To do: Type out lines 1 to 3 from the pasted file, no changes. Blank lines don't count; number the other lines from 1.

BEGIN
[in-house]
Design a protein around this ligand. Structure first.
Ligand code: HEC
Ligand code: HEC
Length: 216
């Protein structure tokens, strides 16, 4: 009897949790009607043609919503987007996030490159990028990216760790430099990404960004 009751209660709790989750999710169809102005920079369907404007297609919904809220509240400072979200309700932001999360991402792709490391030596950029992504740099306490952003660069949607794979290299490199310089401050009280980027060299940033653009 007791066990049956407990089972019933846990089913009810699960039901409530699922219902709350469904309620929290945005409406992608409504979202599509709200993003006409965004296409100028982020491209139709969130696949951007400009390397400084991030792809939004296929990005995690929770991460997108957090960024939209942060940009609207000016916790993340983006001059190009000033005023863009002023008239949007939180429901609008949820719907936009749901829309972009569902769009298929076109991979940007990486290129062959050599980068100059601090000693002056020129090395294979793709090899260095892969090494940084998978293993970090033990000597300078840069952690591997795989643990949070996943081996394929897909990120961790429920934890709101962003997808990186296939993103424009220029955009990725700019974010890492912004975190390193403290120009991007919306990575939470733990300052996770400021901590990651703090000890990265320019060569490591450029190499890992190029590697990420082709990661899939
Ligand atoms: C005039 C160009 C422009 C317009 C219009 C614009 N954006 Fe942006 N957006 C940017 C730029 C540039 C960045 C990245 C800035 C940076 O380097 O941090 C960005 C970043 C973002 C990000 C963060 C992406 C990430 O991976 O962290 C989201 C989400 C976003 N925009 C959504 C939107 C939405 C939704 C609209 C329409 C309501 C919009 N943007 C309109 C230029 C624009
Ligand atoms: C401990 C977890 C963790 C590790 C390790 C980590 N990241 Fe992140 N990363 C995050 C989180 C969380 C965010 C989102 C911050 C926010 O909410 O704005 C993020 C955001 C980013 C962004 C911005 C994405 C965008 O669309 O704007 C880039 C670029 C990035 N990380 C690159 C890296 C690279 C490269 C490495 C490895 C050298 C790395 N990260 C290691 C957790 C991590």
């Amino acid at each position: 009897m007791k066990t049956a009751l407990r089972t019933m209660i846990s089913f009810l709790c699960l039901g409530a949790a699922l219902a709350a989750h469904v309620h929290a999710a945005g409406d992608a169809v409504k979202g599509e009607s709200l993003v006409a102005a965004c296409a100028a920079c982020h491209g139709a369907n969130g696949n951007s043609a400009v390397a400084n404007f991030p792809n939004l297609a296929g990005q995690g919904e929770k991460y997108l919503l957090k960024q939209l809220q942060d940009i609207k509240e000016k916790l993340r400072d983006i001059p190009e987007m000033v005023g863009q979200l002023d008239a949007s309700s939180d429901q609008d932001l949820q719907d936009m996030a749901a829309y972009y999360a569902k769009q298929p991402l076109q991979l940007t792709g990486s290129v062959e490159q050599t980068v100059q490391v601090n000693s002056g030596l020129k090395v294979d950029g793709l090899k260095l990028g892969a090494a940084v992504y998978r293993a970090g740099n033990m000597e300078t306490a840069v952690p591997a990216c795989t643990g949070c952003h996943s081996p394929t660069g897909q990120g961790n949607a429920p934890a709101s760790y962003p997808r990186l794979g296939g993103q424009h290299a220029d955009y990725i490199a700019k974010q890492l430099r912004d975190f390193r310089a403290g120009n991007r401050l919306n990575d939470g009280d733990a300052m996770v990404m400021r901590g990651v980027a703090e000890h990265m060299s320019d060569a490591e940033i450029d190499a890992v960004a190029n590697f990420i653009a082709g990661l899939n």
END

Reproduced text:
[in-house]
Design a protein around this ligand. Structure first.
Ligand code: HEC